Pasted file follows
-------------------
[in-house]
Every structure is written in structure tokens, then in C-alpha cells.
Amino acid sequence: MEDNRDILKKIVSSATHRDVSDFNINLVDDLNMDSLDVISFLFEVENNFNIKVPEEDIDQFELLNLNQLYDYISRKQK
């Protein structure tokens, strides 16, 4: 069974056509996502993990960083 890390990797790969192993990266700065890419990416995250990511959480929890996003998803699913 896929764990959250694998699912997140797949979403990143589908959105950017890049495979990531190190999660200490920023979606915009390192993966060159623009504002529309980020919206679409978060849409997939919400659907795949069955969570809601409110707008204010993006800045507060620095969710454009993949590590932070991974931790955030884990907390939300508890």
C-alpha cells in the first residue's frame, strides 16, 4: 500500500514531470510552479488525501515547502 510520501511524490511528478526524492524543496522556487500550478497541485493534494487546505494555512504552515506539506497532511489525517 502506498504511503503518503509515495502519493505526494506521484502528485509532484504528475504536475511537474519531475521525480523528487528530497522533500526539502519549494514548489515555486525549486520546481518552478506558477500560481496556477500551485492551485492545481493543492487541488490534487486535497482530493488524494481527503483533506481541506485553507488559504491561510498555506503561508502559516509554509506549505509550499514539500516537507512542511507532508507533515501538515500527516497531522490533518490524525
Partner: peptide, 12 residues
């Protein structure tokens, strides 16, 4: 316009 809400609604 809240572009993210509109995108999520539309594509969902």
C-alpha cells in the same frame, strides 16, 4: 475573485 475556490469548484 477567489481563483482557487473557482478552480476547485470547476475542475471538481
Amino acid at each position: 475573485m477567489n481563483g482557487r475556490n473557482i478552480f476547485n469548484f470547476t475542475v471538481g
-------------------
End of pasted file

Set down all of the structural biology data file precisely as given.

[in-house]
Every structure is written in structure tokens, then in C-alpha cells.
Amino acid sequence: MEDNRDILKKIVSSATHRDVSDFNINLVDDLNMDSLDVISFLFEVENNFNIKVPEEDIDQFELLNLNQLYDYISRKQK
């Protein structure tokens, strides 16, 4: 069974056509996502993990960083 890390990797790969192993990266700065890419990416995250990511959480929890996003998803699913 896929764990959250694998699912997140797949979403990143589908959105950017890049495979990531190190999660200490920023979606915009390192993966060159623009504002529309980020919206679409978060849409997939919400659907795949069955969570809601409110707008204010993006800045507060620095969710454009993949590590932070991974931790955030884990907390939300508890």
C-alpha cells in the first residue's frame, strides 16, 4: 500500500514531470510552479488525501515547502 510520501511524490511528478526524492524543496522556487500550478497541485493534494487546505494555512504552515506539506497532511489525517 502506498504511503503518503509515495502519493505526494506521484502528485509532484504528475504536475511537474519531475521525480523528487528530497522533500526539502519549494514548489515555486525549486520546481518552478506558477500560481496556477500551485492551485492545481493543492487541488490534487486535497482530493488524494481527503483533506481541506485553507488559504491561510498555506503561508502559516509554509506549505509550499514539500516537507512542511507532508507533515501538515500527516497531522490533518490524525
Partner: peptide, 12 residues
């Protein structure tokens, strides 16, 4: 316009 809400609604 809240572009993210509109995108999520539309594509969902």
C-alpha cells in the same frame, strides 16, 4: 475573485 475556490469548484 477567489481563483482557487473557482478552480476547485470547476475542475471538481
Amino acid at each position: 475573485m477567489n481563483g482557487r475556490n473557482i478552480f476547485n469548484f470547476t475542475v471538481g